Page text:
Building Our New Church

It’s not just about building a church, it’s building a faith community for generations to come.

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1. Have all options been explored re possibility of adding onto the existing church?
Yes, all options have been considered. It is not feasible for a number of reasons. As the land is in the Ontario Greenbelt, the institutional use cannot be expanded by taking land from the abutting agricultural land. More land would be needed for the church itself, a new septic system, a storm water retention area, parking, zoning setbacks, etc.

2. Will there be a basement with a hall, meeting rooms/classrooms, a kitchen, washrooms, and other facilities?
The basement will be roughed in for washrooms and an elevator shaft. It will be finished at a later date, hopefully with labour from Knights of Columbus and parishioners. Cost for finishing the basement is not included in the estimate.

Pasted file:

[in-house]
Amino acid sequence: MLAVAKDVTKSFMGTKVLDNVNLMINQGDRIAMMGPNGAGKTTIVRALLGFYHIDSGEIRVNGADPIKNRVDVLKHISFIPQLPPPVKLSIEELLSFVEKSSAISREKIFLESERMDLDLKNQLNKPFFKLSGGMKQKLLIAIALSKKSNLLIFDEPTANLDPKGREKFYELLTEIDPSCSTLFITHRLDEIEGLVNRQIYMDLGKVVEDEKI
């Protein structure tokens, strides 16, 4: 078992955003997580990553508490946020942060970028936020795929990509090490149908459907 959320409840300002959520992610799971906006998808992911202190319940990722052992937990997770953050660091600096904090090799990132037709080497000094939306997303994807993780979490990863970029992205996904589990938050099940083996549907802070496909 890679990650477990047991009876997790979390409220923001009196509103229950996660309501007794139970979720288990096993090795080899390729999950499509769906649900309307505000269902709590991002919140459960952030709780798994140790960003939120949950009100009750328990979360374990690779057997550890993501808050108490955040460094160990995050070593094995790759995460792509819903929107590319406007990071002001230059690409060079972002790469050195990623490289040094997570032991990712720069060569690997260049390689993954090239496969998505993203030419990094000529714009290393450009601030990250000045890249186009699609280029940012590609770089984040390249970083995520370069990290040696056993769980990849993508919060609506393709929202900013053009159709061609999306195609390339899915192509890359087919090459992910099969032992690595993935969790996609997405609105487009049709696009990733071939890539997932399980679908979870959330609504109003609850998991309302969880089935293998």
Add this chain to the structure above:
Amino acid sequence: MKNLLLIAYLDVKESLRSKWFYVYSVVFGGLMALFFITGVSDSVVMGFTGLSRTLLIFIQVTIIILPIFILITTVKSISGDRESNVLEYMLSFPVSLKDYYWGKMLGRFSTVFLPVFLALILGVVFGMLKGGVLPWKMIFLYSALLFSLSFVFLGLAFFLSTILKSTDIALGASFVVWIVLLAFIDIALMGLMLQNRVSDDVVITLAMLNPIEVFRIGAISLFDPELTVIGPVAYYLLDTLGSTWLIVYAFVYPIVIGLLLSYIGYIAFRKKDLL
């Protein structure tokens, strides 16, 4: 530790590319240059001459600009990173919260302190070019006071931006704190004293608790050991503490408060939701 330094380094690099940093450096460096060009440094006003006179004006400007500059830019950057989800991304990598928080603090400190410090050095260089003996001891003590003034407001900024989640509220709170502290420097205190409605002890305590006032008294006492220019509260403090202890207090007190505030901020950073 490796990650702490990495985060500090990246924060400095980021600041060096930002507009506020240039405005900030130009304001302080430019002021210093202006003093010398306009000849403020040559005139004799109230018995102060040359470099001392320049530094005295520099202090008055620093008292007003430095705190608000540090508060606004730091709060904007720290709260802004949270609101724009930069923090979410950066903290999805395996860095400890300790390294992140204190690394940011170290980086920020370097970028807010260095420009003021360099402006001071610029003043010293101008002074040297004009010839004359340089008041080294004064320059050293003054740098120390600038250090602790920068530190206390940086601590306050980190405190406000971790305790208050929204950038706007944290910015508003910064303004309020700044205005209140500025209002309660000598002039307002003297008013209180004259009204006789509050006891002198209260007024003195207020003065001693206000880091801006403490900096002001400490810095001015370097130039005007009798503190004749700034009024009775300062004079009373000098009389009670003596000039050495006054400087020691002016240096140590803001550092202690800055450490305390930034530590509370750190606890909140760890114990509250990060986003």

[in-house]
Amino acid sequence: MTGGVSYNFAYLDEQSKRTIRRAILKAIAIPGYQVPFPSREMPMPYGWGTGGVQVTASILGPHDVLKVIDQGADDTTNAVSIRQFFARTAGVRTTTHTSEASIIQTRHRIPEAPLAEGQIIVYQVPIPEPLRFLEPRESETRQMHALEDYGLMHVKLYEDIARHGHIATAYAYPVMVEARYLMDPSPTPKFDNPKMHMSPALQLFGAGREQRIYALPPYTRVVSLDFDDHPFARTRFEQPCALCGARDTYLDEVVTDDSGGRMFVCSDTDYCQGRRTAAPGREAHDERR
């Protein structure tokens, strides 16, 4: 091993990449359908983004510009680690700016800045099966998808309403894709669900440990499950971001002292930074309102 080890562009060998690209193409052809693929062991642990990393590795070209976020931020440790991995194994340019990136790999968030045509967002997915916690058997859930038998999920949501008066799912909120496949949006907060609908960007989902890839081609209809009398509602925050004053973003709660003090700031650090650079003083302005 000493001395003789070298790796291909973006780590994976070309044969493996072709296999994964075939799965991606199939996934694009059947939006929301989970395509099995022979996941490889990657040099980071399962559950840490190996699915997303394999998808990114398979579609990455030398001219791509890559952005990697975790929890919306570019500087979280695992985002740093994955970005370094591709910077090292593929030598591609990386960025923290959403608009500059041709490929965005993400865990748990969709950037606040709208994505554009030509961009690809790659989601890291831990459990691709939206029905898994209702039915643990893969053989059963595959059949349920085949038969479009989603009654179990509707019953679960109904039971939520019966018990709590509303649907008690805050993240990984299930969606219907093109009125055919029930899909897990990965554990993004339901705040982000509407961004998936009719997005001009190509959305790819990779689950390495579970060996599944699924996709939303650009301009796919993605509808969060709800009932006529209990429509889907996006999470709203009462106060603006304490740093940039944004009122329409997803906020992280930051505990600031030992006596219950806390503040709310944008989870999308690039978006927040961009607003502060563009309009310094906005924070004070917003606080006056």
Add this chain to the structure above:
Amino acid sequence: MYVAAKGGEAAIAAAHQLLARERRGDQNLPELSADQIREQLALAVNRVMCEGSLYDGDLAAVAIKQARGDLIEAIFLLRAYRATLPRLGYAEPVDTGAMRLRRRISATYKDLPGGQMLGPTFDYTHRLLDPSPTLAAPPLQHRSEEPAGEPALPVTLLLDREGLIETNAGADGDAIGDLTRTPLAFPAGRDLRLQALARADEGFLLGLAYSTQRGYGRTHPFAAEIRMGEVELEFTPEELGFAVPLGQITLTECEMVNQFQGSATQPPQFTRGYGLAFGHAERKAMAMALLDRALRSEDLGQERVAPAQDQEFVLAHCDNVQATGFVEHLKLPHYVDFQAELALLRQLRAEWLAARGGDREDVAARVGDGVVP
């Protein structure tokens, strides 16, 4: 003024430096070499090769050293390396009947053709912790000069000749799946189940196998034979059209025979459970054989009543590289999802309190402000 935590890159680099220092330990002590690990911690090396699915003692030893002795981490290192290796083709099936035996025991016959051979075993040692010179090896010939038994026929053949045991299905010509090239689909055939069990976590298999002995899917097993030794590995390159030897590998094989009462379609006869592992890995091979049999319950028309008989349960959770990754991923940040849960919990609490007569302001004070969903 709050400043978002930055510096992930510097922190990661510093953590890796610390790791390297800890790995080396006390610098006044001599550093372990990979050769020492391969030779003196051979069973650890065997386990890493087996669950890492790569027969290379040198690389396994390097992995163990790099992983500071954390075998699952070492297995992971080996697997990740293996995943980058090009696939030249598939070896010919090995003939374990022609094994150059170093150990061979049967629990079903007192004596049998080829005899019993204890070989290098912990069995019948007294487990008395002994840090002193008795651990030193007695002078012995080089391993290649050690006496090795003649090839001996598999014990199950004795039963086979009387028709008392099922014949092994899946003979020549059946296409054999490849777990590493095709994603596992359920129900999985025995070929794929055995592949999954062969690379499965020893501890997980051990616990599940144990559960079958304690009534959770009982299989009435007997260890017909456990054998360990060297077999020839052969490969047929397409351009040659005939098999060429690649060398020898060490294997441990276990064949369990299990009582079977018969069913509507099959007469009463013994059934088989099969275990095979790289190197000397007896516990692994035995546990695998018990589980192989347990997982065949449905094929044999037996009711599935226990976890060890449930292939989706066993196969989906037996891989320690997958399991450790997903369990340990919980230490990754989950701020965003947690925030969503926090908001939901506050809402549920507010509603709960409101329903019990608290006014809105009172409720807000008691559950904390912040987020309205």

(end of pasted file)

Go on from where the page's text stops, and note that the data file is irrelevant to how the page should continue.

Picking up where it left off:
3. When the new church is completed, will the present St. Helen’s be used for weekend masses?No. It is not economically feasible to operate two churches in the parish.

4. Will the low lying land be a problem?
No, it provides a pre-dug, fully accessible, functional basement with a walkout at the central arch and windows at ground level.

5. Could the columns in the basement be placed so as to increase the functional area?
The central nave is 60 ft. wide, with another 30 feet on either side, and the supporting columns extend into the basement. Columns were previously 20 ft. apart and are now 40 ft. apart.

6. Will there be votive candles, and a bell?
These items are not included in the plans but could be added when finances permit. One of the towers would accommodate a bell.

7. How big is the cross on the outside of the church, and could it be lighted at night?
The cross is 10 ft. high and it would be possible to have lights shining on it.

8. How much money must be raised before construction begins?
50% of the cost should be pledged before we build. (Fr. Philip pledged $100/month for 60 months, for a total of $6000).

9. What will happen to the old church?
To help raise the funds required, all surplus assets must be sold. The monetary value of the church has been estimated at $300,000 to $400,000. Sacrifice is needed to provide for the next generations, parishioners’ children and grandchildren.